ST. PETERSBURG, Fla. — Two bills proposed by Florida lawmakers on banning TikTok in K-12 schools were passed on Tuesday by the state's Senate Education Pre-K-12 Committee.
The bills will require state school districts to prevent and not allow students from using social media through the internet access provided by each district, the Department of Financial Services said in a news release.
The bills passed also call for courses within schools to teach students about social media safety and how to use it properly in their personal and professional lives.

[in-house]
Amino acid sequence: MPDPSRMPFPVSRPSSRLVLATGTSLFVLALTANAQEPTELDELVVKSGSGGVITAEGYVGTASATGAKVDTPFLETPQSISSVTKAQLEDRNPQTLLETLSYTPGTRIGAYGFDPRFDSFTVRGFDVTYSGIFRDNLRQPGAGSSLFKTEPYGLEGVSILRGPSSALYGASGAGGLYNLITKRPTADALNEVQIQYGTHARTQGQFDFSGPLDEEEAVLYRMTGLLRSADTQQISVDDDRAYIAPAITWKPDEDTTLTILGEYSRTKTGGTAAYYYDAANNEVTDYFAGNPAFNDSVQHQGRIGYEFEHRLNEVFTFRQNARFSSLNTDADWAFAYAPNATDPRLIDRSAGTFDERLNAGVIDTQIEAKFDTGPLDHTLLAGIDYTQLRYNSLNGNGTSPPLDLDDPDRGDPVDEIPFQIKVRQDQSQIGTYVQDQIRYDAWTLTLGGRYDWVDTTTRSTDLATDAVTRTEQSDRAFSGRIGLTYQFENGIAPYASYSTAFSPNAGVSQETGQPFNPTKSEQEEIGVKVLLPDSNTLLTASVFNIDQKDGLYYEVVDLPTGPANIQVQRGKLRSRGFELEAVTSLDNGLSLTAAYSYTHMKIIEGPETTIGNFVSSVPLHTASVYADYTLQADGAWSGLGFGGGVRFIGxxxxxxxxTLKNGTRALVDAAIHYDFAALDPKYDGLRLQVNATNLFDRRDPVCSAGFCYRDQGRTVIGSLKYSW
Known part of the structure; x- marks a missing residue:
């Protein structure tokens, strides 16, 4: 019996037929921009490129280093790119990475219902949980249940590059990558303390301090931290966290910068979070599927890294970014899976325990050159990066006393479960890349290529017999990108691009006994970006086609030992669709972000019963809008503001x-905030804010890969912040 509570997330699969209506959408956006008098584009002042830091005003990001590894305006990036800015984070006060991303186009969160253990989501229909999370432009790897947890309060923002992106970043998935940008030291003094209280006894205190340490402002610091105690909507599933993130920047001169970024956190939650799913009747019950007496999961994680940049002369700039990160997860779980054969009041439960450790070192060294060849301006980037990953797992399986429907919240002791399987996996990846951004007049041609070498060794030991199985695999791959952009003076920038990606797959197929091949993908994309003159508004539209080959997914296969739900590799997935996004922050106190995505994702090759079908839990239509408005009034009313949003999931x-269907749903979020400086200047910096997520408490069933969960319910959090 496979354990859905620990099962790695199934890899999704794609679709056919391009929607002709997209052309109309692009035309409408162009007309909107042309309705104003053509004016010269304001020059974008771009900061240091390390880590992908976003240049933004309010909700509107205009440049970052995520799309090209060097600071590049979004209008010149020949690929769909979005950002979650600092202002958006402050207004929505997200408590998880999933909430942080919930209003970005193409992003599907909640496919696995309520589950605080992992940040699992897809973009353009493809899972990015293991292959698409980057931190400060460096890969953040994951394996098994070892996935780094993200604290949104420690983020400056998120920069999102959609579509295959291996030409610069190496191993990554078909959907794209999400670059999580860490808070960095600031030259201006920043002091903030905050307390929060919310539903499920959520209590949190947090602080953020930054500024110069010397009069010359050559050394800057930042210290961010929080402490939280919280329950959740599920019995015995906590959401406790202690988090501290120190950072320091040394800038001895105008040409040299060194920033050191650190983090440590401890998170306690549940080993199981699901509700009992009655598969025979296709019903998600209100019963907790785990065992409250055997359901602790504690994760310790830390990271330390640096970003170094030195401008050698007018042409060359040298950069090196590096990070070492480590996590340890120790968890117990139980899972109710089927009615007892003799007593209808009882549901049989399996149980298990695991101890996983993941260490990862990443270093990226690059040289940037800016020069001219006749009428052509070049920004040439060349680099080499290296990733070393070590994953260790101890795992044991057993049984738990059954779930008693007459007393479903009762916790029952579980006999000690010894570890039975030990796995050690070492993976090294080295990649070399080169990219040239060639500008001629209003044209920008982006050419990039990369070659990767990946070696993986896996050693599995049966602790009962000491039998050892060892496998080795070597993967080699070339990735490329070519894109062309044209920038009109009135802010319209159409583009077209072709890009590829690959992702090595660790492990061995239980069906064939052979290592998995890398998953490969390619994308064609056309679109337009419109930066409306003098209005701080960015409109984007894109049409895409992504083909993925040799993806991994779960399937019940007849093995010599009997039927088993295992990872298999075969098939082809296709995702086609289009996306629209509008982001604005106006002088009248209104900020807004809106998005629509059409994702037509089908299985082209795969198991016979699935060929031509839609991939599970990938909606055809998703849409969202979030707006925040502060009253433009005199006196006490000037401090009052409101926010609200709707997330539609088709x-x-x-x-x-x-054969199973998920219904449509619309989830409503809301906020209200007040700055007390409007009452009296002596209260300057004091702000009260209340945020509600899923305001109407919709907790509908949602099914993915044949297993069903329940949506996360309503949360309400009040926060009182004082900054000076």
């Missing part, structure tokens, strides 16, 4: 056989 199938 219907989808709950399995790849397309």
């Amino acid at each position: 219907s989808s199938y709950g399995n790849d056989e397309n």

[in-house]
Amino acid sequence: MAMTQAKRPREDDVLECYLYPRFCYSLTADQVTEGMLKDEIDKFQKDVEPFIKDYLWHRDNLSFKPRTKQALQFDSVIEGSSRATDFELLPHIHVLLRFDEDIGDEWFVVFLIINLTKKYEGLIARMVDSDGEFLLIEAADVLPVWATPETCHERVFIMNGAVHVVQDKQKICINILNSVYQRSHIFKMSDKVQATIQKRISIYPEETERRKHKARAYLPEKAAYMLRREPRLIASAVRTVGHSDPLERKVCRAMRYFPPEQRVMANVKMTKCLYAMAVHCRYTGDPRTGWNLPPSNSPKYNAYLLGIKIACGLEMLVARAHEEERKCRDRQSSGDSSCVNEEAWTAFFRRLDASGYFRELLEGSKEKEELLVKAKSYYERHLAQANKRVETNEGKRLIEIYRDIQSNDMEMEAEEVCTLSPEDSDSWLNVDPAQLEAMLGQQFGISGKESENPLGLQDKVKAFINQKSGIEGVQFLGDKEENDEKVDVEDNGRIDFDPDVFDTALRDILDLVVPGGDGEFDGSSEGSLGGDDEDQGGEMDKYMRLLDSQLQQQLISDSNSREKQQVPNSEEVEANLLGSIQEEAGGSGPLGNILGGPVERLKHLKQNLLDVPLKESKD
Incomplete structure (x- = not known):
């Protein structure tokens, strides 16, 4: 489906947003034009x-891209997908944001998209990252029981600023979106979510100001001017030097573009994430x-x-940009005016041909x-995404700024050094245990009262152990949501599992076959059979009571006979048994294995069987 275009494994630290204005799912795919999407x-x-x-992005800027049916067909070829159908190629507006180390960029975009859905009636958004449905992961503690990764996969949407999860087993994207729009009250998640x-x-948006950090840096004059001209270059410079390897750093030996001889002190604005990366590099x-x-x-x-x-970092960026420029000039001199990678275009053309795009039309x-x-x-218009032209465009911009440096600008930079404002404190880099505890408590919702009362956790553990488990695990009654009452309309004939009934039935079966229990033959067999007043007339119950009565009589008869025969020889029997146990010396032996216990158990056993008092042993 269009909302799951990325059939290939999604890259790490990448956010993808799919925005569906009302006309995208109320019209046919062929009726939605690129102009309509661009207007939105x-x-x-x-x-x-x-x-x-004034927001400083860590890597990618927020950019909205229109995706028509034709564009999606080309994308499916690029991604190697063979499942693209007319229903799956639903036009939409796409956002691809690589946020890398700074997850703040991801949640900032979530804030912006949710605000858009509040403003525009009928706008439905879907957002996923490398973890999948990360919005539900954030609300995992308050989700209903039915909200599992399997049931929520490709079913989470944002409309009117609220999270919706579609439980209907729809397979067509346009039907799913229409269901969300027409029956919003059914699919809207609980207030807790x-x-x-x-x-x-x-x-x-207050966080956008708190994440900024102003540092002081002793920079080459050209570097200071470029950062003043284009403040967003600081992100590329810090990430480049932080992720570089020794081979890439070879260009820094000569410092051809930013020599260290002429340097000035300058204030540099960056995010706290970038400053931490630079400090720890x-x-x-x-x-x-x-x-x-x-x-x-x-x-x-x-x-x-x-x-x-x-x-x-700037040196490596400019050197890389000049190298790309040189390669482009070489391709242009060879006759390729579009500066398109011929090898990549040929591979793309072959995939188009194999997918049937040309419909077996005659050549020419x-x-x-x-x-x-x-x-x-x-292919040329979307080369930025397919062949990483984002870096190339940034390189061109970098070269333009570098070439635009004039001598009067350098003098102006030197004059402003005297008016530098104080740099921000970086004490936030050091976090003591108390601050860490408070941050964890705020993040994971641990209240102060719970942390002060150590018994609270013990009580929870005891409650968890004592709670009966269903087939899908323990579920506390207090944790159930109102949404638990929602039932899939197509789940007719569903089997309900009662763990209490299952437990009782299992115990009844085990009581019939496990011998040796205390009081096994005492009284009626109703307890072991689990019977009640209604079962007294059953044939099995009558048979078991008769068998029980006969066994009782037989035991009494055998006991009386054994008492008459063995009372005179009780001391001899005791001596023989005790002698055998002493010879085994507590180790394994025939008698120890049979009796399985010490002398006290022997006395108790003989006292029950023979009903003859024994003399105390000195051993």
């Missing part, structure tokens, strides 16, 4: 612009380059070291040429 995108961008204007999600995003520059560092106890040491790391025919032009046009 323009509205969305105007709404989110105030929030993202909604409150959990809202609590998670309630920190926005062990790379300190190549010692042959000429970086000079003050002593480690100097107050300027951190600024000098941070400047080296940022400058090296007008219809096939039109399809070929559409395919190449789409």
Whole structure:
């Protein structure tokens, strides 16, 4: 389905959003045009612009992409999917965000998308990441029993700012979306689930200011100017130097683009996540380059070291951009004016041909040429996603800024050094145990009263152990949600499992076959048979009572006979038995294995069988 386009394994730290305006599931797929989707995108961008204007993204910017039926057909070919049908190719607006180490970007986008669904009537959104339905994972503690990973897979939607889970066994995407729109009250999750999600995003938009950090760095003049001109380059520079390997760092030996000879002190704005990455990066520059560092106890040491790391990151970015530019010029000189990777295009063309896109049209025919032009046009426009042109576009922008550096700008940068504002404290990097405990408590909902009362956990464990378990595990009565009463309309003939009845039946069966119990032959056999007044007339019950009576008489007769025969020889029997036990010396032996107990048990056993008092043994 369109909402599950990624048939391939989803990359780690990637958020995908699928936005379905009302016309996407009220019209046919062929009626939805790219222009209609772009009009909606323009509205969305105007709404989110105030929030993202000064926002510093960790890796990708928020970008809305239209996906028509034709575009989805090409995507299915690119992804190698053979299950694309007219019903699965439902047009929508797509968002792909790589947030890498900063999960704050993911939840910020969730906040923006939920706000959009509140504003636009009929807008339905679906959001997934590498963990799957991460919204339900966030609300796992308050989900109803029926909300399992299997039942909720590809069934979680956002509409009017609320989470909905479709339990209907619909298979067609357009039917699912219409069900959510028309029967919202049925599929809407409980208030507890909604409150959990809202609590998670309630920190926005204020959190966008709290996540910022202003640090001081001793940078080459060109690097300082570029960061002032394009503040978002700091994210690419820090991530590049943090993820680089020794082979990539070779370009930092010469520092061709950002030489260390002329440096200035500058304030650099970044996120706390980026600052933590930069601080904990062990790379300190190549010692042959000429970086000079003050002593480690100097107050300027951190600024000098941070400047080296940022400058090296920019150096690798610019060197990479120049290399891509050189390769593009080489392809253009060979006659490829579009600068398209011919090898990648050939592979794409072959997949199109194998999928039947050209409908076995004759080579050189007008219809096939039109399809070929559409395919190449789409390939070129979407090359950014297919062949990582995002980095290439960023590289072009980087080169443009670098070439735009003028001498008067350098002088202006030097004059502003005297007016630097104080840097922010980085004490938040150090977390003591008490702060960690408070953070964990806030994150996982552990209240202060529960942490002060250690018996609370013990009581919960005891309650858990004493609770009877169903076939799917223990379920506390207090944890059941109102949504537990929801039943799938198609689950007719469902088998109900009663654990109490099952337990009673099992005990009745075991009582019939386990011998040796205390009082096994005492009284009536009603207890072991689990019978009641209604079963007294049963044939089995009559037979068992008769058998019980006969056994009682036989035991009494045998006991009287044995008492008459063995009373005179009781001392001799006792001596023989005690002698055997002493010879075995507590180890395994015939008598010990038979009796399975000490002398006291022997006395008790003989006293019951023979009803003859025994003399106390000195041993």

“A huge thank you to Senator Danny Burgess for spearheading this critical legislation and ensuring our students and schools remain safe from the dangers TikTok presents," the department's Chief Financial Officer Jimmy Patronis said in a statement. "Children are the future, so we need to work together to do everything we can to protect them and set them up for success.”
Florida lawmakers initially announced their support of the two bills on Feb. 1.
TikTok's parent company, ByteDance, is Chinese-owned. U.S. officials in the past have warned the Chinese government could force the company to share user data, according to CBS News.
Michael Beckerman, TikTok's head of public policy for the Americas, told CBS News that the concern is overstated. He said the app collects less data than other apps and is working to move user data to U.S.-based servers.